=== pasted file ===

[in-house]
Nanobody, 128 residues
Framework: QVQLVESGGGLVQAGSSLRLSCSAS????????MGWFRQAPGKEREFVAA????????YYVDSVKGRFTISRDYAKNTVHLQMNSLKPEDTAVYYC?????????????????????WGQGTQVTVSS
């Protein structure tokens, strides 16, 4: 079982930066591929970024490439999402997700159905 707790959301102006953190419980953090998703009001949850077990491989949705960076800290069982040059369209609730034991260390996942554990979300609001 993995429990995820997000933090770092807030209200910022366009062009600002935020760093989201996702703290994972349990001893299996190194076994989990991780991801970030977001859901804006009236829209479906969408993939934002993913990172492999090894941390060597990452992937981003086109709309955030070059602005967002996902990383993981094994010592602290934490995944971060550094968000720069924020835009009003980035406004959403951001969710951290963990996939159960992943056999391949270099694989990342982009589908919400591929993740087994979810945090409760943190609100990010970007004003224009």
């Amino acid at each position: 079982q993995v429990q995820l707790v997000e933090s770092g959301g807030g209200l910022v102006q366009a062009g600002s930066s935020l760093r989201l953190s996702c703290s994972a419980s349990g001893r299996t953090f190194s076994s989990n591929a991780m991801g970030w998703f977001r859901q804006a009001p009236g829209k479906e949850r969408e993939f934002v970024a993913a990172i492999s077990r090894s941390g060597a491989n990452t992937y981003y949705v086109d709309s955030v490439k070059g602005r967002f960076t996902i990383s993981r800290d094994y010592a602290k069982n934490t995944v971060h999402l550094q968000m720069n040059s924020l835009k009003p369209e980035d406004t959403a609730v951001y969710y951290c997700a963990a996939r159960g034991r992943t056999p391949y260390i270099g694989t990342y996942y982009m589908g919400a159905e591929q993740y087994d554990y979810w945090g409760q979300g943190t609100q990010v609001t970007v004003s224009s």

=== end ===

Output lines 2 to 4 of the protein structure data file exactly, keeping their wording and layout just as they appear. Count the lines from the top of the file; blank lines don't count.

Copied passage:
Nanobody, 128 residues
Framework: QVQLVESGGGLVQAGSSLRLSCSAS????????MGWFRQAPGKEREFVAA????????YYVDSVKGRFTISRDYAKNTVHLQMNSLKPEDTAVYYC?????????????????????WGQGTQVTVSS
């Protein structure tokens, strides 16, 4: 079982930066591929970024490439999402997700159905 707790959301102006953190419980953090998703009001949850077990491989949705960076800290069982040059369209609730034991260390996942554990979300609001 993995429990995820997000933090770092807030209200910022366009062009600002935020760093989201996702703290994972349990001893299996190194076994989990991780991801970030977001859901804006009236829209479906969408993939934002993913990172492999090894941390060597990452992937981003086109709309955030070059602005967002996902990383993981094994010592602290934490995944971060550094968000720069924020835009009003980035406004959403951001969710951290963990996939159960992943056999391949270099694989990342982009589908919400591929993740087994979810945090409760943190609100990010970007004003224009």